15 Sep 2023
 | 15 Sep 2023
Status: this preprint is open for discussion and under review for Atmospheric Chemistry and Physics (ACP).

Monitoring biomass burning aerosol transport using CALIOP observations and reanalysis models: a Canadian wildfire event in 2019

Xiaoxia Shang, Antti Lipponen, Maria Filioglou, Anu-Maija Sundström, Mark Parrington, Virginie Buchard, Anton S. Darmenov, Ellsworth J. Welton, Eleni Marinou, Vassilis Amiridis, Michael Sicard, Alejandro Rodríguez-Gómez, Mika Komppula, and Tero Mielonen

Abstract. In May–June 2019, smoke plumes from wildfires in Alberta, Canada, were advected all the way to Europe. To analyze the evolution of the plumes and to estimate the amount of smoke aerosols transported to Europe, retrievals from the space-borne lidar CALIOP (Cloud-Aerosol Lidar with Orthogonal Polarization) were used. The plumes were located with the help of a trajectory analysis, and the mass of smoke aerosols were retrieved from the CALIOP observations. The accuracy of the CALIOP mass retrievals was compared with the accuracy of ground-based lidars/ceilometer near the source in North America and after the long-range transport in Europe. Overall, CALIOP and the ground-based lidars/ceilometer produced comparable results. Over North America the CALIOP layer mean mass was 30 % smaller than the ground-based estimates, whereas over Southern Europe that difference varied between 12 % and 43 %. Finally, the CALIOP mass retrievals were compared with simulated aerosol concentrations from two reanalysis models, MERRA-2 (Modern-Era Retrospective analysis for Research and Applications, Version 2) and CAMS (Copernicus Atmospheric Monitoring System). The simulated total column aerosol optical depths (AOD) and the total column mass concentration of smoke agreed quite well with CALIOP observations, but the comparison of the layer mass concentration of smoke showed significant discrepancies. The amount of smoke aerosols in the model simulations was consistently smaller than in the CALIOP retrievals. These results highlight the limitations of such models, and more specifically their limitation to reproduce properly the smoke vertical distribution. They indicate that CALIOP is a useful tool monitoring smoke plumes over secluded areas whereas reanalysis models have difficulties in representing the aerosol mass in these plumes. This study shows the advantages of space-borne aerosol lidars, e.g. being of paramount importance to monitor smoke plumes, and reveals the urgent need of future lidar missions in space.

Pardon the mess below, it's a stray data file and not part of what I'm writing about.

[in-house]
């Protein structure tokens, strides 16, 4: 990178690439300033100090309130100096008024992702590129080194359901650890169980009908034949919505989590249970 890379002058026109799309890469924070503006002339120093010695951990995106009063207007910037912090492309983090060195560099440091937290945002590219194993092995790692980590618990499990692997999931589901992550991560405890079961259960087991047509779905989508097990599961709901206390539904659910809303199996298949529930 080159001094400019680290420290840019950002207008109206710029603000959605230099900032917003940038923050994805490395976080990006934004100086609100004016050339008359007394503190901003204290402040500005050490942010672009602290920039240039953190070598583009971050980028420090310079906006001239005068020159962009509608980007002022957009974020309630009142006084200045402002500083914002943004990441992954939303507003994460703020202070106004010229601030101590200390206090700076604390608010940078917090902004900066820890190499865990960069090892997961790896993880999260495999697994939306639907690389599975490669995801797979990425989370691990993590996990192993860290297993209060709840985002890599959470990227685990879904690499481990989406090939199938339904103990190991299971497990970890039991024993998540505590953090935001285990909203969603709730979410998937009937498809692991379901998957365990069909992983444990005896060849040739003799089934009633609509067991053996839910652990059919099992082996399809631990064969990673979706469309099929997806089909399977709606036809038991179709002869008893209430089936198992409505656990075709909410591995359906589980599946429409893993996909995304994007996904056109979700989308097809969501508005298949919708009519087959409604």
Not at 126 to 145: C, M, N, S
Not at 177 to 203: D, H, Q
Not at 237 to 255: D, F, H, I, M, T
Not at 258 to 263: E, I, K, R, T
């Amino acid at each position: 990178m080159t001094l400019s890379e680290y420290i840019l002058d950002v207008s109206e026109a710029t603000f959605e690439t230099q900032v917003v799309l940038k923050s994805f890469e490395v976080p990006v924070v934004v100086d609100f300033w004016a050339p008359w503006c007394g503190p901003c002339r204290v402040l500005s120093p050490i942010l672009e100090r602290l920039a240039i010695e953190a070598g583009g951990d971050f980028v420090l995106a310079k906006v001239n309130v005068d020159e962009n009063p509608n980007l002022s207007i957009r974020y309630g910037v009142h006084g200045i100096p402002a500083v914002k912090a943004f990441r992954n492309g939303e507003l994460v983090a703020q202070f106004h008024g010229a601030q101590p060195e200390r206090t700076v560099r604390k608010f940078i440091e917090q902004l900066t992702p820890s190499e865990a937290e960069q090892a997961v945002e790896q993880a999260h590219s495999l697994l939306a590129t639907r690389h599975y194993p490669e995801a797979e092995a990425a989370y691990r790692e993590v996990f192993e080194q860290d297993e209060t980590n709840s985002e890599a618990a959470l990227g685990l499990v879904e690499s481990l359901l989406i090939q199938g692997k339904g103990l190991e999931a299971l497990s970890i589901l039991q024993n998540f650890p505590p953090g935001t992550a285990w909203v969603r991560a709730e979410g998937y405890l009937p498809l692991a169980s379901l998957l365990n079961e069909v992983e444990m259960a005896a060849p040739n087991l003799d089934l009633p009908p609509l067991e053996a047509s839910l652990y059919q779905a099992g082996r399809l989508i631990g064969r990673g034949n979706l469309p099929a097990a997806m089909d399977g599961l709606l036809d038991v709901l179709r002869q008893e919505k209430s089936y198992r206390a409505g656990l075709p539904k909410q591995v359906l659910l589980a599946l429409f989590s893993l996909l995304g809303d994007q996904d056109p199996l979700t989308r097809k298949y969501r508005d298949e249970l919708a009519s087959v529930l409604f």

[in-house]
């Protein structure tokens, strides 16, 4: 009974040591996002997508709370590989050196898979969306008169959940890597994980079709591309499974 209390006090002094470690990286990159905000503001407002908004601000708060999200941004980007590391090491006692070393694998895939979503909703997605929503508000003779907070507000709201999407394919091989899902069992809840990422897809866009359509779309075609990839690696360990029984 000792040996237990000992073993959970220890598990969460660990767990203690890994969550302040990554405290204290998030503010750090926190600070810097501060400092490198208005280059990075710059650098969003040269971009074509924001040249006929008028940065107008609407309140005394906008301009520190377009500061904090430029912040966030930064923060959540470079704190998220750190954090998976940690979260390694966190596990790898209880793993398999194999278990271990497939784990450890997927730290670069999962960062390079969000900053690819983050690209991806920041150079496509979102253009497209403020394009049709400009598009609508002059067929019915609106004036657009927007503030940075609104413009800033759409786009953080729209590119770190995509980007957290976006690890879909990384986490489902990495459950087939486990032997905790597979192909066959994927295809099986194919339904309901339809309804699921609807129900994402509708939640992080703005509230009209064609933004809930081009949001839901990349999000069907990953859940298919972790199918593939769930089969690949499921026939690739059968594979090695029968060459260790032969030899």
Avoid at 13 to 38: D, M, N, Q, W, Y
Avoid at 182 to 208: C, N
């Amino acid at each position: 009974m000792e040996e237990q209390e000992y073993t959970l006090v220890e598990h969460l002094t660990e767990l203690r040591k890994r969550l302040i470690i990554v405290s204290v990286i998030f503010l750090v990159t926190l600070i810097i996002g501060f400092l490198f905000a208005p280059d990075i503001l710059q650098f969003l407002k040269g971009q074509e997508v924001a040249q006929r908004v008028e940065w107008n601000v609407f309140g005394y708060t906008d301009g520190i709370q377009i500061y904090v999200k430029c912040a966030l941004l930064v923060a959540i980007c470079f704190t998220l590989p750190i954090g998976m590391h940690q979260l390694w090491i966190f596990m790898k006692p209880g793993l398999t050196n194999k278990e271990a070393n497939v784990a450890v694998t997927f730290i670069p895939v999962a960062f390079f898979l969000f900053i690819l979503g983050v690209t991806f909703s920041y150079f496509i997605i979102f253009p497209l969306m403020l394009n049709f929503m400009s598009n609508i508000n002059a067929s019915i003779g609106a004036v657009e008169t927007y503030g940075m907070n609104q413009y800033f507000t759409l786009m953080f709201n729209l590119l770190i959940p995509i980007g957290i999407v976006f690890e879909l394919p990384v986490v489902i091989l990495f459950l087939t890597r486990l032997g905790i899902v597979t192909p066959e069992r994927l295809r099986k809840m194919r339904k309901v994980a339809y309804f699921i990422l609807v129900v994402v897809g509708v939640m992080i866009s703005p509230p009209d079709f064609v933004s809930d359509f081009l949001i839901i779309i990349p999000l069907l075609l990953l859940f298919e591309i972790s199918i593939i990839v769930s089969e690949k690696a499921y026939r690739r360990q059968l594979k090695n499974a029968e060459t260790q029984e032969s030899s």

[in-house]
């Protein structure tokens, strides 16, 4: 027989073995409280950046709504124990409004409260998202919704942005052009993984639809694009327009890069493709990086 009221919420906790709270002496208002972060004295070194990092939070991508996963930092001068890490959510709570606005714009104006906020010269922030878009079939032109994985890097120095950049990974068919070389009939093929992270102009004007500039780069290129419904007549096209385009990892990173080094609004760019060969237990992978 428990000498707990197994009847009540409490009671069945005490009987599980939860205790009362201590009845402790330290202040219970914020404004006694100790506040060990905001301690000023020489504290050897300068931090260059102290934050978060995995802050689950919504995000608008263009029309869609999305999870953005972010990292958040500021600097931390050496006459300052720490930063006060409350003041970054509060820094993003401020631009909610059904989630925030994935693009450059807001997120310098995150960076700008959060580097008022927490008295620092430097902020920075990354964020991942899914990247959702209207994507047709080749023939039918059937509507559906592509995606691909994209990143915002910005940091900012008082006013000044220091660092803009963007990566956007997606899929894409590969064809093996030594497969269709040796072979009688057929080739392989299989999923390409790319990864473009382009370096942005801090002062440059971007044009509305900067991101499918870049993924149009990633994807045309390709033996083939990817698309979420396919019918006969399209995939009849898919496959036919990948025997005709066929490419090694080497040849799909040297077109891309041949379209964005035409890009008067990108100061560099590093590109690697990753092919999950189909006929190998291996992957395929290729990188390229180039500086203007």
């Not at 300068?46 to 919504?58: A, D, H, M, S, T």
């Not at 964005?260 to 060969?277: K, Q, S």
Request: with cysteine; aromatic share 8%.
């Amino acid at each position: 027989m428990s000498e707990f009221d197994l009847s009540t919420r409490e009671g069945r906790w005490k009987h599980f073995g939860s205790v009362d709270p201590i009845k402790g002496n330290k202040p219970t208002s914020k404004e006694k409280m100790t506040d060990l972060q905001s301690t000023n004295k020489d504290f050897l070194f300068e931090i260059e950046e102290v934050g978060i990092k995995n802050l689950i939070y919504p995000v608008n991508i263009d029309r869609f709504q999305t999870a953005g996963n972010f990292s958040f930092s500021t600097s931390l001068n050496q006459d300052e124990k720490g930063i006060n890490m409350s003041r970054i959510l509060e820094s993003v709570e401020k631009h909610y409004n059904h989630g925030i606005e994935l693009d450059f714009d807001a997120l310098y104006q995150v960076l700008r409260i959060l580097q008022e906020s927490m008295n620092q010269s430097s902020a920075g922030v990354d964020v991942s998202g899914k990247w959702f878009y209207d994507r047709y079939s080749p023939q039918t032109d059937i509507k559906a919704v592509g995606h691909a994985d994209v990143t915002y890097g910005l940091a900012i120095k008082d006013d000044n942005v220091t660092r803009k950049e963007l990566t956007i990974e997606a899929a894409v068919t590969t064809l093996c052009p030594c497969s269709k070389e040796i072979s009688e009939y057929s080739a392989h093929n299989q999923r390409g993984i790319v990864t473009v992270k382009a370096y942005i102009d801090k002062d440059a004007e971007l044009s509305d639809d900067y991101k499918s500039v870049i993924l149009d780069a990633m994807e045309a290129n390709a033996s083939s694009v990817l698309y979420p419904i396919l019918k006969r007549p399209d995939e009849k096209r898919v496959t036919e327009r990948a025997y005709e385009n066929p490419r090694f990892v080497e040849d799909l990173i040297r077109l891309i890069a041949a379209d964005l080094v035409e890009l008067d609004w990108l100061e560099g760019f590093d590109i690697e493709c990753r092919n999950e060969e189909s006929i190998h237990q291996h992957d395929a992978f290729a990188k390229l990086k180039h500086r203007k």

Xiaoxia Shang et al.

Status: open (until 29 Oct 2023)

Comment types: AC – author | RC – referee | CC – community | EC – editor | CEC – chief editor | : Report abuse

Xiaoxia Shang et al.

Data sets

CALIPSO data NASA Langley Research Center Atmospheric Science Data Center

MERRA-2 data NASA Goddard Earth Sciences (GES) Data and Information Services Center (DISC)

CAMS data Atmosphere Data Store


Visualization of lidar products of PollyNet PollyNet

Ceilometer data Cloudnet

Xiaoxia Shang et al.


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Short summary
In June 2019, smoke particles from a Canadian wildfire event were transported to Europe. The long-range transported smoke plumes were monitored with a space-borne lidar and reanalysis models. Based on the aerosol mass concentrations estimated from the observations, the reanalysis models had difficulties in reproducing the amount and location of the smoke aerosols during the transport event. Consequently, more spaceborne lidar missions are needed for reliable monitoring of aerosol plumes.